A funny thing going around the internet these days is this post about the 10 types of women Christian men shouldn’t marry. I’m not going to deal with all the craziness there. I just want to talk about one word; “helper.” This guy uses Genesis 2:18 to argue that women should have less authority than men because they are to be “helpers” to their husbands.
In this passage, God says he will make a “suitable helper” for man (that’s how the NASB translates the phrase). Adam looks at all the animals and can’t find a suitable helper, so God builds him one.
The King James Bible translates the words as “help meet.” The Hebrew words are ezer kenegdo (עֵזֶר כְּנֶגְדּ). Kenegdo means something like “suitable” in this passage. Maybe. The root word, neged, can also mean lots of different things like “over against” or “before.” But the more interesting word here is ezer (עֵזֶר), “helper.” It can be a bit offensive these days to say a wife should simply be her husband’s helper. So some translations offer “partner” instead. But that really isn’t what the Hebrew says.
So, is that it then? Is the wife, from the moment of creation, her husband’s household helper? Does she just help out around the house? Or is she more like the Robin to his Batman? Or, worse, the Alfred to his Bruce Wayne? Actually, I’m not sure which of those is worse. I’d probably rather be Alfred than Robin. Anyway.
Interestingly, ezer is one of the many Hebrew words that’s made its way into English as a first name. Charles Dickens gave one of his most famous characters the strong Hebrew name, Ebenezer. This word means “Stone of help.” We often sing this word in the song “Come Thou Fount” when we declare “Here I raise mine Ebenezer.” The image is drawn from the Old Testament passage where Samuel sets up a big rock and calls it Ebenezer, saying, “Thus far the Lord has helped us.”
God is often described as ezer throughout scripture. One of my favorite passages that uses this word is at the end of Deuteronomy 33 where Moses blesses the tribes of Israel with these words:
“There is none like the God of Jeshurun,
Who rides the heavens to your help,
And through the skies in His majesty.
The eternal God is a dwelling place,
And underneath are the everlasting arms;
And He drove out the enemy from before you,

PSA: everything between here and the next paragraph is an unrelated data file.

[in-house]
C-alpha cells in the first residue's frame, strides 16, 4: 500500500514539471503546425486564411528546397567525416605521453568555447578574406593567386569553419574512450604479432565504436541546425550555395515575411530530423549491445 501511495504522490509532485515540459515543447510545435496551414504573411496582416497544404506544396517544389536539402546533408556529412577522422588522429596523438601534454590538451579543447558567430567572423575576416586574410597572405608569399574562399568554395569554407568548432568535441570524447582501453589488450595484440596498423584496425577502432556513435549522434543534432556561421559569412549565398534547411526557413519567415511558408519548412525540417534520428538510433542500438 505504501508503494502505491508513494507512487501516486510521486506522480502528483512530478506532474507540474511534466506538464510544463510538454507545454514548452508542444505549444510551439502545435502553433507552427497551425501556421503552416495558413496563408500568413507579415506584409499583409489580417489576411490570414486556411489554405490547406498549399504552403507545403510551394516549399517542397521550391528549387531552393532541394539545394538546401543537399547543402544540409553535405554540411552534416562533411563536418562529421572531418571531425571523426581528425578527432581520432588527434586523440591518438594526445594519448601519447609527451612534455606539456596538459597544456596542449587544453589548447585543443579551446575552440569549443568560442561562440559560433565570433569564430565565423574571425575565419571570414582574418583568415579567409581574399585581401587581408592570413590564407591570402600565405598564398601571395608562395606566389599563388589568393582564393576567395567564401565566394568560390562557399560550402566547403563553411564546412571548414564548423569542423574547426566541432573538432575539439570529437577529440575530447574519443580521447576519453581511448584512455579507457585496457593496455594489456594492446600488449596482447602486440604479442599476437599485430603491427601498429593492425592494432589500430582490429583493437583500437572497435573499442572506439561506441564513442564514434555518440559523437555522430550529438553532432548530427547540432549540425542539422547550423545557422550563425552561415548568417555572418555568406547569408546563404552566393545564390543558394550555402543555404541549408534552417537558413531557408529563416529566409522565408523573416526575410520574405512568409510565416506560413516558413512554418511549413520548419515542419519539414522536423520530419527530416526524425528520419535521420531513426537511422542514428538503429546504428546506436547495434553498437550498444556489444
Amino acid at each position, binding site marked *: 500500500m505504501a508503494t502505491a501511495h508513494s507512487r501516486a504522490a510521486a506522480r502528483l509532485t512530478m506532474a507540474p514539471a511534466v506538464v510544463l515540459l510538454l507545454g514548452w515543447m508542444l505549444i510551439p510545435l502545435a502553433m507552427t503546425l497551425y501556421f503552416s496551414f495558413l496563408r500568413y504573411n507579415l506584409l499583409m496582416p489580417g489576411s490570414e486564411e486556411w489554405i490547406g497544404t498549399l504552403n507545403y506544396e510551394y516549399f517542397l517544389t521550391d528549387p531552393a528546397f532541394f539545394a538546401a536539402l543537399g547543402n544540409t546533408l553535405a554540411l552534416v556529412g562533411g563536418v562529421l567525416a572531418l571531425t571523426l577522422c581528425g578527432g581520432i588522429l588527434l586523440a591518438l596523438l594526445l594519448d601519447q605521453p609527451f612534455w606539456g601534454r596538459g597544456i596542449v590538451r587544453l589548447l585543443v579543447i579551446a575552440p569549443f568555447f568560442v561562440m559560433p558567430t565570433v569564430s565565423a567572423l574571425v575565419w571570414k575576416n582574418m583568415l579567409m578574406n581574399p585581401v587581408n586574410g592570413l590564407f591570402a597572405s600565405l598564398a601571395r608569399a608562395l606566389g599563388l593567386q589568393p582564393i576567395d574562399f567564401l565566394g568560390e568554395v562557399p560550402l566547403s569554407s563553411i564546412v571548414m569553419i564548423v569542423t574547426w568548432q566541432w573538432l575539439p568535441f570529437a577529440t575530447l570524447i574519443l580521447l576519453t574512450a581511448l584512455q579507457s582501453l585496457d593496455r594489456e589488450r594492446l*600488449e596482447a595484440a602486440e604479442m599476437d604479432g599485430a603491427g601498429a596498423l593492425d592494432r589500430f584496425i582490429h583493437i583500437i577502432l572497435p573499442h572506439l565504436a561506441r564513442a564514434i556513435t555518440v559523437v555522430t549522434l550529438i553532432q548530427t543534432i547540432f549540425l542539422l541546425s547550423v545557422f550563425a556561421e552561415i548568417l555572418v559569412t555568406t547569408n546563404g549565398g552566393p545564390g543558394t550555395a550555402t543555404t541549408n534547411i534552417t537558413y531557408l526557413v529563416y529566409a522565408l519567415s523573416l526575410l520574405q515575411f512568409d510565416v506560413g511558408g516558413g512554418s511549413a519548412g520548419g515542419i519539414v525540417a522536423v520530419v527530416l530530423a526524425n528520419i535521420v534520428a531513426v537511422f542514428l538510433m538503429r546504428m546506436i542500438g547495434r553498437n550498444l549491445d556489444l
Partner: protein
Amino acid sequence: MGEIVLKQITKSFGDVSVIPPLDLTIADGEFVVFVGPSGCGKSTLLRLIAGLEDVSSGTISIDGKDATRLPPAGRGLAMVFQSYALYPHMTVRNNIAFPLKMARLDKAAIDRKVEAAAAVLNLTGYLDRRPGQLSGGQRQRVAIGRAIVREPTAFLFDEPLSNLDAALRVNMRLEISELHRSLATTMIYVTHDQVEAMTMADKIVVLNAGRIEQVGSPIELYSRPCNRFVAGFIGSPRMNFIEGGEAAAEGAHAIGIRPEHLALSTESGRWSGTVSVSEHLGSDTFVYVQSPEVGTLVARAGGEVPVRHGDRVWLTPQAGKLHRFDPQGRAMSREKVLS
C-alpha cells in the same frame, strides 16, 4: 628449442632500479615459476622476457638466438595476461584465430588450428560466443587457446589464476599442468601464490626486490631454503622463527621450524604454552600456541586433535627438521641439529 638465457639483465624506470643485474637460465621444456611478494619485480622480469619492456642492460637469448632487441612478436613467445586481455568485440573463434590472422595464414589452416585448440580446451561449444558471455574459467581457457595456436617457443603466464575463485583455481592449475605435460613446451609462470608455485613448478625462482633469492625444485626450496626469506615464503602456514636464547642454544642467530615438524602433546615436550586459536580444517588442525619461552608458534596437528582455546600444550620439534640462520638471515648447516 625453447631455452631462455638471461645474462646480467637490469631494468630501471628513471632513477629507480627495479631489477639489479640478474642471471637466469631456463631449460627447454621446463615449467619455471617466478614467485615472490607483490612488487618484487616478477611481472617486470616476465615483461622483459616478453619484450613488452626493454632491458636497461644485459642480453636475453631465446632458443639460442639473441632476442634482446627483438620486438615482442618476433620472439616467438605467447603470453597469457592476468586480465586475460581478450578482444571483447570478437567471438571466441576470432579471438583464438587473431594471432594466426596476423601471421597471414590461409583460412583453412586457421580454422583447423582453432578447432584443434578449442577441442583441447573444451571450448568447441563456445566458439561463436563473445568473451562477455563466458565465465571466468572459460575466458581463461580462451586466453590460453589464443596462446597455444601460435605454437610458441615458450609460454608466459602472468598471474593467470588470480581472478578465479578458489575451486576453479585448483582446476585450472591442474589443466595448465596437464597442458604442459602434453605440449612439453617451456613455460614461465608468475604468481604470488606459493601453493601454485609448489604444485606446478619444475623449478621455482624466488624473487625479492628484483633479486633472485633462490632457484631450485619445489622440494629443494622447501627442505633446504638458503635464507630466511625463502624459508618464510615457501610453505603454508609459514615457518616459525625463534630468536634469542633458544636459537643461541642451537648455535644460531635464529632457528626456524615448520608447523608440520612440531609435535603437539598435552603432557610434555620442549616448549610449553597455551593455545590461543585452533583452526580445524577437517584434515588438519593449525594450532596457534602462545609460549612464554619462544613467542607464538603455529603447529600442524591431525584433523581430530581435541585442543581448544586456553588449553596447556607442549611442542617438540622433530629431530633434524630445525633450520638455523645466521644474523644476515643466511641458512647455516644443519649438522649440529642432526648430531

And said, ‘Destroy!’
So Israel dwells in security,
The fountain of Jacob secluded,
In a land of grain and new wine;
His heavens also drop down dew.
Blessed are you, O Israel;
Who is like you, a people saved by the Lord,
Who is the shield of your help
And the sword of your majesty!
So your enemies will cringe before you,
And you will tread upon their high places.”
The Lord God rides the heavens to help (ezer) Israel and he is their shield of help (ezer). Ezekiel warns that Israel will be utterly destroyed without the Lord’s help. Quite often, the “help” offered in scripture is not that of a servant but of a rescuer, a savior.
Now, I’m NOT saying that the writer of Genesis had “salvation” in mind in Genesis 2. I’m not even saying this is the best translation. There are plenty of instances of a much more mundane kind of ezer. But, in light of what we know about the vocation of marriage, we ought to know that the help a wife offers to her husband is anything but mundane.
The Catechism of the Catholic Church tells us that the Sacraments of Holy Orders and Matrimony are both “directed towards the salvation of others” (CCC 1534). For husbands and wives, this “other” is their spouse. We help each other pursue Christ and learn to love selflessly and graciously.
There’s a lot of awesome stuff in that passage in Genesis 2. The one flesh becoming two but then joining back together as one. The compatibility and completion of men and women. The purpose of marriage. So, it would be a shame to downplay this passage. But it would also be a shame to relegate women to a lesser role because of a poor reading of a single passage.
So, yes, my wife IS my helper. And, as a husband, part of my vocation is to help her, too. But we’re not “helping” each other to clean the house or fight crime (I wish). We’re helping each other work out our salvation!